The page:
Ebbets Field. Shibe Park. The Polo Grounds. Camden Yards. Comiskey. Fenway. Wrigley.
They all have a ring to them and, like Tris Speaker or Babe Ruth, the name is part of the magic. In an era of corporate sponsorships, MLB ballparks are losing much of that mystique. Going to the ballpark may sound a lot like going to a local bank branch, and there is nothing fun about deposit tickets or CDs (whatever they are). Who says kids have it easier these days?
While we still have the classic parks of Boston, Chicago, and (yes, it’s that old) Los Angeles, the newer MLB ballparks bear names have sound like a mix of insurance commercials, ATM machines, and pet food suppliers. Dear MLB owners: Your brand is indeed affected by your choice in corporate sponsorships for your stadiums. Here are the five worst stadium names, including one hideous new arrival.
5. AT&T Park
The San Francisco Giants‘ AT&T Park is such a huge upgrade over Candlestick in every way — except the name. There’s the terrific layout for field-level seating, the view of the Bay Bridge, those brick accents, the wall over which home runs fly straight into San Francisco Bay, the stadium location in the heart of the city… We could go on, but we’re trying to be negative here.
How do you take such a gorgeous retro park and name it like a cell phone plan? Maybe the old-timers think of it as a landline, but anyone under 30 years old associates it with data overages and other mundane things. This epic stadium in one of the great American cities deserves a better fate.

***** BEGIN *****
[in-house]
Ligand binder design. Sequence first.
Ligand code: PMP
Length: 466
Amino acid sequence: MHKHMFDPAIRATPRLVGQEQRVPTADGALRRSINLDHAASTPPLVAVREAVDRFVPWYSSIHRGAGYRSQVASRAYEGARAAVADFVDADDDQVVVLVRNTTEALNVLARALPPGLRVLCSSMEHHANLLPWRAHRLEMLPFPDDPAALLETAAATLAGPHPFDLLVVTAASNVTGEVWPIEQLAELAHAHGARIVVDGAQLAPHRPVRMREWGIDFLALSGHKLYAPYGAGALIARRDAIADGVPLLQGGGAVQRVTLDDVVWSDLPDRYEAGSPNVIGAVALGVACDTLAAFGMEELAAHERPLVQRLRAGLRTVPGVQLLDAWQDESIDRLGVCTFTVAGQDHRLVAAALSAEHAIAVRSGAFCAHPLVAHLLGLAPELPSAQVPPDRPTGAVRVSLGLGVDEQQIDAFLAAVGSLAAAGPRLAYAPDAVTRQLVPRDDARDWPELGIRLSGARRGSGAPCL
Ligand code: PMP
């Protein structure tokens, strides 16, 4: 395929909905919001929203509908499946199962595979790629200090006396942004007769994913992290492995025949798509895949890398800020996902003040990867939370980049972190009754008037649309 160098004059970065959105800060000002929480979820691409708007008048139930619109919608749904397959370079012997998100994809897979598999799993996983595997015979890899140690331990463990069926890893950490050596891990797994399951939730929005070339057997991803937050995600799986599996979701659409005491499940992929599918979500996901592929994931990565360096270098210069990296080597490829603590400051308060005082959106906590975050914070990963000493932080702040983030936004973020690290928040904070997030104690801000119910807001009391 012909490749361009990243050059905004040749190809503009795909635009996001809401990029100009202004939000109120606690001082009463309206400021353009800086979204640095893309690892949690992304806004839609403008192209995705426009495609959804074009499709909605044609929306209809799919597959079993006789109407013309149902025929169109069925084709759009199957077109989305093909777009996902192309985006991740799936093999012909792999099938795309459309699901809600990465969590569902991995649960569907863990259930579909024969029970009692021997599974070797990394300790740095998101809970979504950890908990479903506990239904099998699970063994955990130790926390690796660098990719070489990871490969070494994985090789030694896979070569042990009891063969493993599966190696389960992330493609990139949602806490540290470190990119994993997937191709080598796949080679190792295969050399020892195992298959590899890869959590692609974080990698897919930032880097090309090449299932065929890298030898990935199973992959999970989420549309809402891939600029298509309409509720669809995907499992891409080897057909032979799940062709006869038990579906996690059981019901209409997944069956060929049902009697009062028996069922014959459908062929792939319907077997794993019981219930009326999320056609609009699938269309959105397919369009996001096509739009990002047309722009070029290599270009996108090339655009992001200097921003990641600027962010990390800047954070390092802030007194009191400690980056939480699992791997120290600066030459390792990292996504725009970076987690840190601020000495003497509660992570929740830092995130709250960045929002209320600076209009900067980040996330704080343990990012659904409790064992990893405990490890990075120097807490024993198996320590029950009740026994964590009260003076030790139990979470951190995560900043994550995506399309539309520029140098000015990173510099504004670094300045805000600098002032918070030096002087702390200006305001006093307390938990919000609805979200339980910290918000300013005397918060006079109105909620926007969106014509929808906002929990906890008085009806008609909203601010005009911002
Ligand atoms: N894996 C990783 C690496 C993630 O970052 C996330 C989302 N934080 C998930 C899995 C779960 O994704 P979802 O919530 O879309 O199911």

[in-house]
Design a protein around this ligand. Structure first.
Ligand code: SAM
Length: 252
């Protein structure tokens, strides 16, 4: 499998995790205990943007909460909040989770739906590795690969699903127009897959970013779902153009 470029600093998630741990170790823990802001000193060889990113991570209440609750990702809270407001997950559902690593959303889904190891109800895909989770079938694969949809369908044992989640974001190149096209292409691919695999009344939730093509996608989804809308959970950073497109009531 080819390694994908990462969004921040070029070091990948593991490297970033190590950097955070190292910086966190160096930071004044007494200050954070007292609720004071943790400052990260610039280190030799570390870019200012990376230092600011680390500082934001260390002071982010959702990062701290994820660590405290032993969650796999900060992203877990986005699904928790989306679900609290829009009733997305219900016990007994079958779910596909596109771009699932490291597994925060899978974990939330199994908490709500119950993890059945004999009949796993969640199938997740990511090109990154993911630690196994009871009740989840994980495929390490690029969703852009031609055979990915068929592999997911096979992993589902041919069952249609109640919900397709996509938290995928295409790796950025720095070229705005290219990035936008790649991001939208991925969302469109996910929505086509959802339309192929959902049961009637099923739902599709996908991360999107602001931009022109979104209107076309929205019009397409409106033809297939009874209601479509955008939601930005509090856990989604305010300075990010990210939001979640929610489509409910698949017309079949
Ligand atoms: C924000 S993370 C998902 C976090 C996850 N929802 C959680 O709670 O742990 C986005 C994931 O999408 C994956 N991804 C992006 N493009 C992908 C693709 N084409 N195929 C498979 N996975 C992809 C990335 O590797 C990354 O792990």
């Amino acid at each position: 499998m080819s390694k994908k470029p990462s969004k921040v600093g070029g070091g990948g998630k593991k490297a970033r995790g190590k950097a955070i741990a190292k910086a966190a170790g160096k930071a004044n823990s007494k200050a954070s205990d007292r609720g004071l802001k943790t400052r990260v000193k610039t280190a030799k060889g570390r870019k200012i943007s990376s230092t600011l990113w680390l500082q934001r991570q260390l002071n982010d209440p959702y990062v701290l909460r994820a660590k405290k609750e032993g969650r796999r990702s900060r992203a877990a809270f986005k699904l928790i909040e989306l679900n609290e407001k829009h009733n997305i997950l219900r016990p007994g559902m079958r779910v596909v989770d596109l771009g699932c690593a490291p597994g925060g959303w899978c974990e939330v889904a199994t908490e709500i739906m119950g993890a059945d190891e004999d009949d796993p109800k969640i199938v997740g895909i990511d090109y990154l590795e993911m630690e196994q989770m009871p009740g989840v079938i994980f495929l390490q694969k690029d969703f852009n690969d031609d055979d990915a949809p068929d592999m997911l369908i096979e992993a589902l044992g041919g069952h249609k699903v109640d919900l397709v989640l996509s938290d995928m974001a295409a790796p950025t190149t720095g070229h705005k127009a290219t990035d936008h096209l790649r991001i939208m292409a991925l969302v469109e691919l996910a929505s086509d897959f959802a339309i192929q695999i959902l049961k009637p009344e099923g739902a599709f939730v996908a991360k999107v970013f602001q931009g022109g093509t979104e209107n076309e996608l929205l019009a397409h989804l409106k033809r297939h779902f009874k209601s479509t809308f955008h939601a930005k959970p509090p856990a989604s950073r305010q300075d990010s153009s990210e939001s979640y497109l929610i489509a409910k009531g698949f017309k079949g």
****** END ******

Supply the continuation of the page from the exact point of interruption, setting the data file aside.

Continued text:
4. PNC Park
Like so many MLB ballparks of the modern era, PNC Park went from the drab, cookie-cutter Three Rivers Stadium to a charming, open design that features the Pittsburgh skyline and Allegheny River in the backdrop. Between the natural grass surface and huge upgrade in intimacy, there is not much to dislike about PNC except its name. On that count, who wants to walk into a bank on a Sunday afternoon? Three Rivers had a cool ring to it, but that was about it. Now the Pittsburgh Pirates have the opposite problem.
3. Citizens Bank Park
We witnessed the ugliness, the harshness of Philly‘s Veteran’s Stadium firsthand, and Citizens Bank Park is a huge upgrade over that departed monstrosity. (When people reference fans booing Santa Claus, that happened at the Vet.) It’s a great home-run park with the pinched alleys and low walls, plus the bullpen area behind the batter’s eye is a unique design touch. You’ll enjoy any game at Citizens Bank, but we wish it didn’t sound like such a dull place.
2. Target Field
Wal-Mart wasn’t available? There’s nothing like taking in the magic of a ballgame on a perfect summer day at a stadium named after your local low-end retailer. Granted, the fans of Minnesota have not had a ton to cheer about in 2016, but they could at least spend a few days at the stadium without being hit over the head with the dreariness of Target on their minds. We dream of a future in which a left-handed slugger will take advantage of that attractive porch and Target Field has a new name.
1. Guaranteed Rate Field
For a ballpark that would have made this list as U.S. Cellular Field, we’re surprised it found a way to become worse. Those who were away on vacation and missed the news should know the stadium where the White Sox play will, from 2017 on, be known as Guaranteed Rate Field. The company’s logo is an arrow pointing down, so whatever positive you took from “guaranteed” quickly departs. If the fourth-place ChiSox didn’t get you to the park, we’re guessing this name change won’t do the job, either.